Fig 2. A schematic diagram of the reactions captured in each of our mathematical models.

In all models GPVI, its associated Fc receptor γ-chain and Src family kinase, are treated as one unit. A ligand binds to this receptor bundle, which is subsequently phosphorylated, allowing for recruitment and activation of the cytosolic tyrosine kinase Syk. Binding to the receptor leads to auto-phosphorylation of Syk on tyrosine 525 (Y525), allowing the receptor to signal downstream. Model A incorporates a simple phosphatase that is able to dephosphorylate Syk on Y525, returning the receptor complex to an inactive state. In Model B an additional Syk phosphorylation site is incorporated (Y323), to which the newly introduced protein c-Cbl can bind. This allows Syk to set off a series of reactions, that include ubiquitination and the binding of the phosphatase TULA-2 that is able to dephosphorylate Syk on Y525, returning the receptor complex to an inactive state. In Model C two modifications are incorporated: the modification H1 allows TULA-2 to dephosphorylate not only the Syk molecule to which it is bound but also any nearby bound Syk molecule; in the second modification (H2) phosphorylation of Y525 results in an enhanced rate of Y323 phosphorylation. Model C, H3 incorporates H1 and H2 simultaneously.

Fig 3. A network diagram of Model A (top panel), B (middle panel) and C (lower panels).

Variables are represented by square boxes and the parameter associated with each processes is placed next to the relevant arrow. In all panels, from left to right, a ligand (l) binds to a free receptor (g) on the cell surface forming a receptor complex (G) that phosphorylates (Gp). In Model A Syk (s) binds to the receptor complex () and activates (). The active receptor can then signal downstream. In the middle and lower panels, the components encased in the red box represent Syk phosphorylation on Y525 (equation S6) and those in the green box represent Syk phosphorylation on Y323 (equation S7). See Tables 1 and 2 for a description of the variables and parameters.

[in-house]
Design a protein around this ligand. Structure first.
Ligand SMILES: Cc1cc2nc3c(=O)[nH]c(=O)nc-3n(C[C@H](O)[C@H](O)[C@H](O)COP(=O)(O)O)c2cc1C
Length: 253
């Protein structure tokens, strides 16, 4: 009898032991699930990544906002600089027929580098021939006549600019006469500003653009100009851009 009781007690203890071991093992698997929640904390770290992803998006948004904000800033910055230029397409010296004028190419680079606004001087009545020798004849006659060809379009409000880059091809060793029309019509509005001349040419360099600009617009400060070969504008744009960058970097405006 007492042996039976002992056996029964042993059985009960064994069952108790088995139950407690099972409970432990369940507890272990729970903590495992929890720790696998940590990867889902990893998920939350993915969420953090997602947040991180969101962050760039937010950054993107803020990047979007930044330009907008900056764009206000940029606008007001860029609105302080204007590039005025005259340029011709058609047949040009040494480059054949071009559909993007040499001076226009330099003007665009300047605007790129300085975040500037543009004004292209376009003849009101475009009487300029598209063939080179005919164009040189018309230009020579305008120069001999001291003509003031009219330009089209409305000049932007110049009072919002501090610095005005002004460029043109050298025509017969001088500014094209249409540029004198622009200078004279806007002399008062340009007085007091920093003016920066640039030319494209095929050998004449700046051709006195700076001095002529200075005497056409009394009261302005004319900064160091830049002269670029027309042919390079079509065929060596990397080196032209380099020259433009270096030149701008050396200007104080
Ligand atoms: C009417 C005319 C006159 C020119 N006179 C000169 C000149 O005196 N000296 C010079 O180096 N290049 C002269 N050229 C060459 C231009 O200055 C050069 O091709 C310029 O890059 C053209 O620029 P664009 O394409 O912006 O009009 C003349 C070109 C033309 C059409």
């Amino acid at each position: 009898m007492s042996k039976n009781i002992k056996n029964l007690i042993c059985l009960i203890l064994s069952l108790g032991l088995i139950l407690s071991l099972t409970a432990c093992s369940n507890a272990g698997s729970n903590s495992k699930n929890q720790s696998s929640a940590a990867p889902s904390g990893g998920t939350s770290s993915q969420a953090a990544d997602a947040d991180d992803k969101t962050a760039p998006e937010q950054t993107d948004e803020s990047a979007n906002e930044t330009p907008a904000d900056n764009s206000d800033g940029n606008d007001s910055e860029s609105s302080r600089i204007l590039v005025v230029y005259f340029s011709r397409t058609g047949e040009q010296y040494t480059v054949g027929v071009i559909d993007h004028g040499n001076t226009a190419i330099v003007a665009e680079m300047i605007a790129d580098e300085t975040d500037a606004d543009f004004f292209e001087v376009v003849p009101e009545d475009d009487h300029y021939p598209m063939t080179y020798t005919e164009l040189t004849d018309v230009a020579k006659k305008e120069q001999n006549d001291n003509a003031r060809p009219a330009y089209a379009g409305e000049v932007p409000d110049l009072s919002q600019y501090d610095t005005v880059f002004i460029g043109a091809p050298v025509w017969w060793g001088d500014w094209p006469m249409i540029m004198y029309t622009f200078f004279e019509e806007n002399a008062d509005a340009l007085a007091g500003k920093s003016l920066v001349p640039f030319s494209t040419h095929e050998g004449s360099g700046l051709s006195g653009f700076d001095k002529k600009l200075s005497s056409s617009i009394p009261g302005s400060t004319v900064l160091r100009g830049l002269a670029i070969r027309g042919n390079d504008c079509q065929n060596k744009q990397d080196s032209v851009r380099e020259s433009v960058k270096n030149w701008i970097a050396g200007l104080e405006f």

Table 1. Model variables.

The variables described in the top five rows are common to all models while the following two rows describe variables unique to Model A and the remaining rows describe variables unique to Model B and C. represents eight variables where i and j indicate phosphorylation on Y323 and Y525 respectively (0, unphosphorylated; 1, phosphorylated) and k denotes the sequential processes of (b), binding of Syk; (c), binding of c-Cbl; (u), ubiquitination and (r), binding of TULA-2.

Table 2. A summary of model parameters.

Their definitions, units, and values utilised in simulations. N/A indicates that the parameter plays no role in the specified model. Further details of the parameter values, their sources in literature and how they were obtained from the parameter fitting process are available in S1 Text.

Changes in Syk phosphorylation at different amino acid residues over time were measured in platelets, obtained from three separate blood samples taken from one healthy donor. Isolated human platelets were stimulated using the multivalent GPVI-selective agonist collagen-related peptide (CRP) [5]. Secondary signalling events that may arise from the secretion or release of factors from stimulated platelets and could therefore interfere with events proximal to the GPVI receptor (e.g. ADP, thromboxane A2, integrin αIIbβ3 engagement), were suppressed using pharmacological agents. Site-specific protein phosphorylation was measured at twenty-two time points over a two hundred and fifty second interval, following stimulation. The results were quantified against reference standard curves compiled using recombinant protein and specific antibodies that recognise total Syk or Syk phosphorylated on specific tyrosine residues (see Methods for details describing how experimental data were collected and quantified). Each mathematical model was solved and compared with the experimental data. The discrepancies between model solutions and experimental observations were investigated, and, where necessary, the model structure was adapted. To solve the mathematical model numerically required values to be assigned to the initial conditions (protein copy numbers) and parameters (rates at which the proteins interact) that are captured in the models. Where possible total protein copy numbers were obtained by quantitative immunoblotting and parameters were estimated from our experimental data via a process of parameter fitting (see Methods for a description of the parameter fitting process) within boundaries indicated within the literature. Later, once validated, model profiles were compared to experimental observations describing Syk activity within a wider population of donors and under the effects of ligand depletion.